May 27 (Bloomberg) -- Vietnam’s stocks rose, driving the benchmark index to a 27-month high, after the government said the economy improved and foreign direct investment increased.
The Ho Chi Minh City Stock Exchange’s VN Index advanced 2.4 percent to 512.41 as of the 2:15 p.m. local-time close, the highest level since Feb. 16 2011. Vietnam Dairy Products Joint-Stock Co., the second-biggest publicly traded company by market value, surged 2.3 percent to a record. Bao Viet Holdings, an insurance company, climbed 1 percent.
The nation’s macroeconomic situation is improving as companies’ inventories decline and direct foreign investment increases, Vu Duc Dam, chairman of the government office, said at a briefing in Hanoi yesterday. The VN Index has climbed 9.4 percent from a six-week low on April 22 as the central bank cut interest rates and as the government took steps to resolve banks’ bad loans.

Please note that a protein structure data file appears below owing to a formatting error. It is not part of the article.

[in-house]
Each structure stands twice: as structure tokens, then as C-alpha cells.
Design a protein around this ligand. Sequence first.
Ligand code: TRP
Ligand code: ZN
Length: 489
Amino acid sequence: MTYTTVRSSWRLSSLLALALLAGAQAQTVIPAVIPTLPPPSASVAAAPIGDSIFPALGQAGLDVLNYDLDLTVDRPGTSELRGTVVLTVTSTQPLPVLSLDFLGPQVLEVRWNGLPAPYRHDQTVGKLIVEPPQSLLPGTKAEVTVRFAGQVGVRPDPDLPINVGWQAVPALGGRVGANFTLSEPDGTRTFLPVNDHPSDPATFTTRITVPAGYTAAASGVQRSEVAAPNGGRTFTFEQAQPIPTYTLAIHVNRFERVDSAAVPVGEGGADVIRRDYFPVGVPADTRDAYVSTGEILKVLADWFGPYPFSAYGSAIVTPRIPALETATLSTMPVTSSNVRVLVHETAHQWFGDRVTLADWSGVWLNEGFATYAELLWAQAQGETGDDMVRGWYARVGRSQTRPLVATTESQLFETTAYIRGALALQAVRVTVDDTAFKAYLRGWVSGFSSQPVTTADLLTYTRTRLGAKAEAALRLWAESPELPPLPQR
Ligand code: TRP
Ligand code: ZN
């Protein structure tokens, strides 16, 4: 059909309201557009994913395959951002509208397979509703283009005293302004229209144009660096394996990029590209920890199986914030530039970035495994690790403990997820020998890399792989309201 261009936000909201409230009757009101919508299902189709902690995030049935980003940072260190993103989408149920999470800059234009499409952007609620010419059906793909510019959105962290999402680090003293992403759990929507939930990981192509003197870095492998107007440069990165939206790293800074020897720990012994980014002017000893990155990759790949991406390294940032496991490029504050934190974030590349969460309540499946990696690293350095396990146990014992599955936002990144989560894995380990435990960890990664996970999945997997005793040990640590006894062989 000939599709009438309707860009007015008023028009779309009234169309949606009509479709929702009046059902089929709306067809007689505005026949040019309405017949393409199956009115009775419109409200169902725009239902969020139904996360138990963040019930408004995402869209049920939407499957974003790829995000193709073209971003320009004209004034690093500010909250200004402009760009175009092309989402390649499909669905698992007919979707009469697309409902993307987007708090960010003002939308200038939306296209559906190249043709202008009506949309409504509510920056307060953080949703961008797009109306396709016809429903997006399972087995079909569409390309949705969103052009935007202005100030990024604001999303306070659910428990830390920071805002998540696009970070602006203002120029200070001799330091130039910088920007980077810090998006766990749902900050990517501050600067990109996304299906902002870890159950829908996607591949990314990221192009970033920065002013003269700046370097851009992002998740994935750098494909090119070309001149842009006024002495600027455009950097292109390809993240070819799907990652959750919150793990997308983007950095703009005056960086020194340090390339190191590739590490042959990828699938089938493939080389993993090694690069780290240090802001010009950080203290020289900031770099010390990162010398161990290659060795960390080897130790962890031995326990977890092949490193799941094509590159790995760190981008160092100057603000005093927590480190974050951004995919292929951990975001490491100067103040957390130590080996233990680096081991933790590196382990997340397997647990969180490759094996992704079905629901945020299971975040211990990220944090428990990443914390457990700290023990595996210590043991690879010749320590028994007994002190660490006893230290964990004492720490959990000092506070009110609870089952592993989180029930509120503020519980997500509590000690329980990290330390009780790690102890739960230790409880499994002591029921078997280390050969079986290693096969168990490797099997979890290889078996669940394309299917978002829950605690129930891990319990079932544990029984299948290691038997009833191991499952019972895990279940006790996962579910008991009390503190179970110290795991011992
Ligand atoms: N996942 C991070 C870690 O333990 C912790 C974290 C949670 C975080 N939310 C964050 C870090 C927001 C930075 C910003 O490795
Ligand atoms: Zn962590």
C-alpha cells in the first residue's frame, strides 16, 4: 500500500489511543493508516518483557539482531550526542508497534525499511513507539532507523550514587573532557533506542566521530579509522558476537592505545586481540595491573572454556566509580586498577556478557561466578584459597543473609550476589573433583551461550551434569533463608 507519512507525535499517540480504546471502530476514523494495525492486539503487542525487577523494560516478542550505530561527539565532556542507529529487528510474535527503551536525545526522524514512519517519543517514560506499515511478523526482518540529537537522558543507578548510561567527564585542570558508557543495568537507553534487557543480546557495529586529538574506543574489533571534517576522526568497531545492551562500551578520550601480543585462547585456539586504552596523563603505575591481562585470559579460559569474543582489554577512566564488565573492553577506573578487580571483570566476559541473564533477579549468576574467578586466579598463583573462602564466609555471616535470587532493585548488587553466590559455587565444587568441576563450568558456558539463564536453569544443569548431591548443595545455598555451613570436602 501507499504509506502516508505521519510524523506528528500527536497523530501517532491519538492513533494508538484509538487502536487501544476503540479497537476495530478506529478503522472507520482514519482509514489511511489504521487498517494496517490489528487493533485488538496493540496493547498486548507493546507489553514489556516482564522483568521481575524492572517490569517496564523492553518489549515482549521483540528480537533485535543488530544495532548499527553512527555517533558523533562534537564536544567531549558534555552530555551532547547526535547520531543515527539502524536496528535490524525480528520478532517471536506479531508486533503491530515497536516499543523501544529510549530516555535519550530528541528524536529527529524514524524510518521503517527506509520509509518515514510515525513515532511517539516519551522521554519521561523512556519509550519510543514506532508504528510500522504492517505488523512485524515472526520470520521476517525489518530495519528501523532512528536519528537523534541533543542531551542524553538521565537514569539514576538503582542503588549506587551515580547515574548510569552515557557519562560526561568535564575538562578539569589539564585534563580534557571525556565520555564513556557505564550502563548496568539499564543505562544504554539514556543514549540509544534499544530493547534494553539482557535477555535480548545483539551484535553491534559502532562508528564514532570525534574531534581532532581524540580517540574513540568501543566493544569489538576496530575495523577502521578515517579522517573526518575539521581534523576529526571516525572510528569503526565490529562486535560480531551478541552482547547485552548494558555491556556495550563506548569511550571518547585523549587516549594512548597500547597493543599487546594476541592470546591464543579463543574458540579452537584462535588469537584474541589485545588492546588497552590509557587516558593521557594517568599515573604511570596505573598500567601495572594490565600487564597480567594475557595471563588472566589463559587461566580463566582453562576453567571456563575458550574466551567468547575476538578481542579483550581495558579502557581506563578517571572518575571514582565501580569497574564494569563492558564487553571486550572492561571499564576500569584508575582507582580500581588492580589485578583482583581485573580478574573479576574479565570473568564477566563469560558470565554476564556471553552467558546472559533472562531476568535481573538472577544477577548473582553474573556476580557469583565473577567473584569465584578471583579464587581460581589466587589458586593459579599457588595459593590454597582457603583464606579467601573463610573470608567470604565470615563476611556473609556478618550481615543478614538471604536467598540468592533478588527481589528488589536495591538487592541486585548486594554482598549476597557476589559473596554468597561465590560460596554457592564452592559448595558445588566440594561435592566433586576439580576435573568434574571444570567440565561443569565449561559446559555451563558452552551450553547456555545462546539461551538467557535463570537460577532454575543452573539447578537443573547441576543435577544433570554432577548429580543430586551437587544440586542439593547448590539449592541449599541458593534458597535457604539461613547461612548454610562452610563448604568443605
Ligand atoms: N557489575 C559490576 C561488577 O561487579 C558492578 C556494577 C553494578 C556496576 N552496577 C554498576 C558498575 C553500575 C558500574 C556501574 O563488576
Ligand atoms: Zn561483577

“Most of the news out recently is very positive for the market,” Pham Ngoc Bich, managing director of institutional sales at Saigon Securities Inc., said by phone today from Ho Chi Minh City. “Investor optimism” is continuing after Dam’s comments, he said.
Vietnam’s Prime Minister Nguyen Tan Dung approved the formation of an asset-management company to acquire non-performing loans from the nation’s lenders, the central bank said on May 21. The State Bank of Vietnam cut interest rates on May 13, the eighth reduction since the start of 2012.
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